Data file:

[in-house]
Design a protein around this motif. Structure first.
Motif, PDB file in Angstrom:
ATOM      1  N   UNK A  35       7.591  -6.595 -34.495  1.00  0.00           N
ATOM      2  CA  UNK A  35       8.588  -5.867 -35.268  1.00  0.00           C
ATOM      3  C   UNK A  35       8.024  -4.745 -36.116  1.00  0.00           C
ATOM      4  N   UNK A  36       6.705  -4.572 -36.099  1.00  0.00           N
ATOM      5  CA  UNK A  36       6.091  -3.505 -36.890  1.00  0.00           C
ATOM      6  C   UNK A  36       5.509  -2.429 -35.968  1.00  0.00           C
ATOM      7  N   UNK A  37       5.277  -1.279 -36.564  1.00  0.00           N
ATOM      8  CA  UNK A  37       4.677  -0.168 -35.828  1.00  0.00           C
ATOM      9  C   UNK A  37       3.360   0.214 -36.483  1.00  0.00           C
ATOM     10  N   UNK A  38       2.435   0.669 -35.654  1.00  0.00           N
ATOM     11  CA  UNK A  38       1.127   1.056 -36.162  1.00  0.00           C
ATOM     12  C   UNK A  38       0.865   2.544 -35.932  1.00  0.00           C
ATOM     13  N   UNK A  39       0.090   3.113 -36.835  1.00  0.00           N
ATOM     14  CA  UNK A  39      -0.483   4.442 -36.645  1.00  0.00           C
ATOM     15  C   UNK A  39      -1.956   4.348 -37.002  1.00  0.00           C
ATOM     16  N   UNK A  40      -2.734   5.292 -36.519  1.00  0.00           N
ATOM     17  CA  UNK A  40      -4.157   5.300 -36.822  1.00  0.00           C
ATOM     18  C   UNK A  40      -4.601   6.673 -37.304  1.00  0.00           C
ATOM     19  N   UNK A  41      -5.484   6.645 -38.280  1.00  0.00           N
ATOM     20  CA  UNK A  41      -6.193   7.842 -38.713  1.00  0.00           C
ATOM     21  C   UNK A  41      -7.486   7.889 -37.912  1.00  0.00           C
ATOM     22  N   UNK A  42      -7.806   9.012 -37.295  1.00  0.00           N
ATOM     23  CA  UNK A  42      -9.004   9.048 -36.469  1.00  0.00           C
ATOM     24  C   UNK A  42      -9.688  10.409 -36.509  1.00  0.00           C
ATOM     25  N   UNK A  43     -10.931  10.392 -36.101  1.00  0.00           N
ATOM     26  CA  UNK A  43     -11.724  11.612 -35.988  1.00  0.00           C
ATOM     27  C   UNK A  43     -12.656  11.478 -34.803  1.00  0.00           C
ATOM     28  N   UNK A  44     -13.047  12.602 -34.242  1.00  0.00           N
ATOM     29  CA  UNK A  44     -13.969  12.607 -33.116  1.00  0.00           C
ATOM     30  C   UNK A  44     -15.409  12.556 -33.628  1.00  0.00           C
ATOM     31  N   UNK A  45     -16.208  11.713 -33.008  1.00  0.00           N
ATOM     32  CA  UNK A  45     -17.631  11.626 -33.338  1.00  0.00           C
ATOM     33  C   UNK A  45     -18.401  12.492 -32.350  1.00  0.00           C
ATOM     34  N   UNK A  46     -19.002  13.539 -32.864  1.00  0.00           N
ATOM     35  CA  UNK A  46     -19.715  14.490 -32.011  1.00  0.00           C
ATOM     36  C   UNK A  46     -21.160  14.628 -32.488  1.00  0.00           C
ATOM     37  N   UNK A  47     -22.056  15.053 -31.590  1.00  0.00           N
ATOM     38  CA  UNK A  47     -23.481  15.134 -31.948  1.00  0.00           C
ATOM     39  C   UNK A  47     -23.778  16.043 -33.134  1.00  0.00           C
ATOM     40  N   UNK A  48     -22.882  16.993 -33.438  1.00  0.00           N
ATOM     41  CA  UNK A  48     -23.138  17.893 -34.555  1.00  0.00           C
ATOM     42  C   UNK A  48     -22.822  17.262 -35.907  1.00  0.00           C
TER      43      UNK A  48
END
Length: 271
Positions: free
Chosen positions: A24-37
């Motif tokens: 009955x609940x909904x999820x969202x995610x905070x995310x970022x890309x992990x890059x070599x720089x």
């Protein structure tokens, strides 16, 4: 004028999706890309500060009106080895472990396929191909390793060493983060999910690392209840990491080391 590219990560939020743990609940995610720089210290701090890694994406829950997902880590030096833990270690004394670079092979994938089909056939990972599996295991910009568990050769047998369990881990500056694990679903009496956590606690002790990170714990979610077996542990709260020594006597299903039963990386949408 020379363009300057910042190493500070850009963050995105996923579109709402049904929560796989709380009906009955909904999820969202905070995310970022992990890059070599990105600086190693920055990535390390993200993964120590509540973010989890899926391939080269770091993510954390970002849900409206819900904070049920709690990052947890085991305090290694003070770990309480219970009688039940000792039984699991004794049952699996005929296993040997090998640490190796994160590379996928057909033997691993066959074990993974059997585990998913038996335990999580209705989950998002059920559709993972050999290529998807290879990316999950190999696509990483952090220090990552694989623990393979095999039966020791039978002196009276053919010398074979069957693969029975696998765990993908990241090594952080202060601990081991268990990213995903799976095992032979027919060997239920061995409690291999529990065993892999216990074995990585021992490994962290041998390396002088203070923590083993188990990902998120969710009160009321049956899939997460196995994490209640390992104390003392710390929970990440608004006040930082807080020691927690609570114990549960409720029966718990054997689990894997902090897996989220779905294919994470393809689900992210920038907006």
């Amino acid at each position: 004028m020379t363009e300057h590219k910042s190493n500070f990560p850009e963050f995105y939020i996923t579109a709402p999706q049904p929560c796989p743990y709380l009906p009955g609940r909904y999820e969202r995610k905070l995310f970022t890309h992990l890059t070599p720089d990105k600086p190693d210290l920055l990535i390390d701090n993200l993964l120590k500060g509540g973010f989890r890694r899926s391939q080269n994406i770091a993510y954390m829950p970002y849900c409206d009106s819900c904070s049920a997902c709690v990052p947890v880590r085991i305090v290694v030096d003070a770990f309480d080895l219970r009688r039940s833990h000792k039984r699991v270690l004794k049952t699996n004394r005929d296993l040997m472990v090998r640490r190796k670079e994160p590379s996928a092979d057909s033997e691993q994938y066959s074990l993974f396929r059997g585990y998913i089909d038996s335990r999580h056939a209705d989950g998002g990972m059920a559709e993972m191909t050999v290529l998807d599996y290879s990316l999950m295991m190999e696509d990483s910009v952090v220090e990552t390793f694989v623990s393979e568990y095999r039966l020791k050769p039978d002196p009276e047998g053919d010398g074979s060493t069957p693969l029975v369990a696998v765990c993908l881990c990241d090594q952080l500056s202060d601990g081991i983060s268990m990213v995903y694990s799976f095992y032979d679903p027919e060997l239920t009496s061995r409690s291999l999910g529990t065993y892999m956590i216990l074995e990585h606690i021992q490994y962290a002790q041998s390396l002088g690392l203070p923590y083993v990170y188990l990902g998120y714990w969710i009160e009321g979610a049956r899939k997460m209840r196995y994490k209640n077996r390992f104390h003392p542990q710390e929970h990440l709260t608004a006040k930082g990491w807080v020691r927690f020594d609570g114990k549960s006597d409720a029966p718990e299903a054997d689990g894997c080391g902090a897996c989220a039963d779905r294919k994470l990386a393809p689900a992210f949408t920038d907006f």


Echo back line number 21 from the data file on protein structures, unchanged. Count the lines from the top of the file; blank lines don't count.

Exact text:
ATOM     18  C   UNK A  40      -4.601   6.673 -37.304  1.00  0.00           C